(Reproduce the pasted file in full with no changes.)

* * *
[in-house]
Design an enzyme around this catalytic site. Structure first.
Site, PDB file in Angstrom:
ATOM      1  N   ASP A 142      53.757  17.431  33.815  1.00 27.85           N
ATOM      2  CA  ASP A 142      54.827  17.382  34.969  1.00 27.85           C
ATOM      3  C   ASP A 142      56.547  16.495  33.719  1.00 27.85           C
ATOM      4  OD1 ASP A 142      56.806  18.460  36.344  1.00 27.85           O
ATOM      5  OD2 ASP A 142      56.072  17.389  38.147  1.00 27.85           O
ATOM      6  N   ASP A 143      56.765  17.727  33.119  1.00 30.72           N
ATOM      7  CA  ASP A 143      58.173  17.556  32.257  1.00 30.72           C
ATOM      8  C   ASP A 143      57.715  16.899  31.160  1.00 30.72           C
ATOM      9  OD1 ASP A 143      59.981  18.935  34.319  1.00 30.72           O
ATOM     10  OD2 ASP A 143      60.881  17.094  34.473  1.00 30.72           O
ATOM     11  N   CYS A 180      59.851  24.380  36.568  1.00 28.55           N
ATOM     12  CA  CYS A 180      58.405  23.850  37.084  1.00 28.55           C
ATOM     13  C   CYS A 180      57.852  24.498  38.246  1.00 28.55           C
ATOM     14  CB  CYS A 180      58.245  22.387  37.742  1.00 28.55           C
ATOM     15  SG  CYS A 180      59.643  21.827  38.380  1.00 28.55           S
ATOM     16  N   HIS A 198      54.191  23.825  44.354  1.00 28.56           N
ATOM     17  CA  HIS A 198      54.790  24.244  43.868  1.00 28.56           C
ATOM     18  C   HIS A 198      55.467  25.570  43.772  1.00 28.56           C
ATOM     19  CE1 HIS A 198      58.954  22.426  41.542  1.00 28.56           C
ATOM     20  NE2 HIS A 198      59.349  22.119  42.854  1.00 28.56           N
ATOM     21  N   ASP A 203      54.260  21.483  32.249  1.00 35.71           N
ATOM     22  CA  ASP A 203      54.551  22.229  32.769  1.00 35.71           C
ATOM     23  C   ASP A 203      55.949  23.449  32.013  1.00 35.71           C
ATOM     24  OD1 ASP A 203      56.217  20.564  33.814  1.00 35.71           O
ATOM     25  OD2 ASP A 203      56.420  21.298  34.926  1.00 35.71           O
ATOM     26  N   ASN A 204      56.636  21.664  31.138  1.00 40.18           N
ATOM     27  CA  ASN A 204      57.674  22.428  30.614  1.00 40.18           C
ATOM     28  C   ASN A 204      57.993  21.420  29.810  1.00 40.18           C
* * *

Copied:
[in-house]
Design an enzyme around this catalytic site. Structure first.
Site, PDB file in Angstrom:
ATOM      1  N   ASP A 142      53.757  17.431  33.815  1.00 27.85           N
ATOM      2  CA  ASP A 142      54.827  17.382  34.969  1.00 27.85           C
ATOM      3  C   ASP A 142      56.547  16.495  33.719  1.00 27.85           C
ATOM      4  OD1 ASP A 142      56.806  18.460  36.344  1.00 27.85           O
ATOM      5  OD2 ASP A 142      56.072  17.389  38.147  1.00 27.85           O
ATOM      6  N   ASP A 143      56.765  17.727  33.119  1.00 30.72           N
ATOM      7  CA  ASP A 143      58.173  17.556  32.257  1.00 30.72           C
ATOM      8  C   ASP A 143      57.715  16.899  31.160  1.00 30.72           C
ATOM      9  OD1 ASP A 143      59.981  18.935  34.319  1.00 30.72           O
ATOM     10  OD2 ASP A 143      60.881  17.094  34.473  1.00 30.72           O
ATOM     11  N   CYS A 180      59.851  24.380  36.568  1.00 28.55           N
ATOM     12  CA  CYS A 180      58.405  23.850  37.084  1.00 28.55           C
ATOM     13  C   CYS A 180      57.852  24.498  38.246  1.00 28.55           C
ATOM     14  CB  CYS A 180      58.245  22.387  37.742  1.00 28.55           C
ATOM     15  SG  CYS A 180      59.643  21.827  38.380  1.00 28.55           S
ATOM     16  N   HIS A 198      54.191  23.825  44.354  1.00 28.56           N
ATOM     17  CA  HIS A 198      54.790  24.244  43.868  1.00 28.56           C
ATOM     18  C   HIS A 198      55.467  25.570  43.772  1.00 28.56           C
ATOM     19  CE1 HIS A 198      58.954  22.426  41.542  1.00 28.56           C
ATOM     20  NE2 HIS A 198      59.349  22.119  42.854  1.00 28.56           N
ATOM     21  N   ASP A 203      54.260  21.483  32.249  1.00 35.71           N
ATOM     22  CA  ASP A 203      54.551  22.229  32.769  1.00 35.71           C
ATOM     23  C   ASP A 203      55.949  23.449  32.013  1.00 35.71           C
ATOM     24  OD1 ASP A 203      56.217  20.564  33.814  1.00 35.71           O
ATOM     25  OD2 ASP A 203      56.420  21.298  34.926  1.00 35.71           O
ATOM     26  N   ASN A 204      56.636  21.664  31.138  1.00 40.18           N
ATOM     27  CA  ASN A 204      57.674  22.428  30.614  1.00 40.18           C
ATOM     28  C   ASN A 204      57.993  21.420  29.810  1.00 40.18           C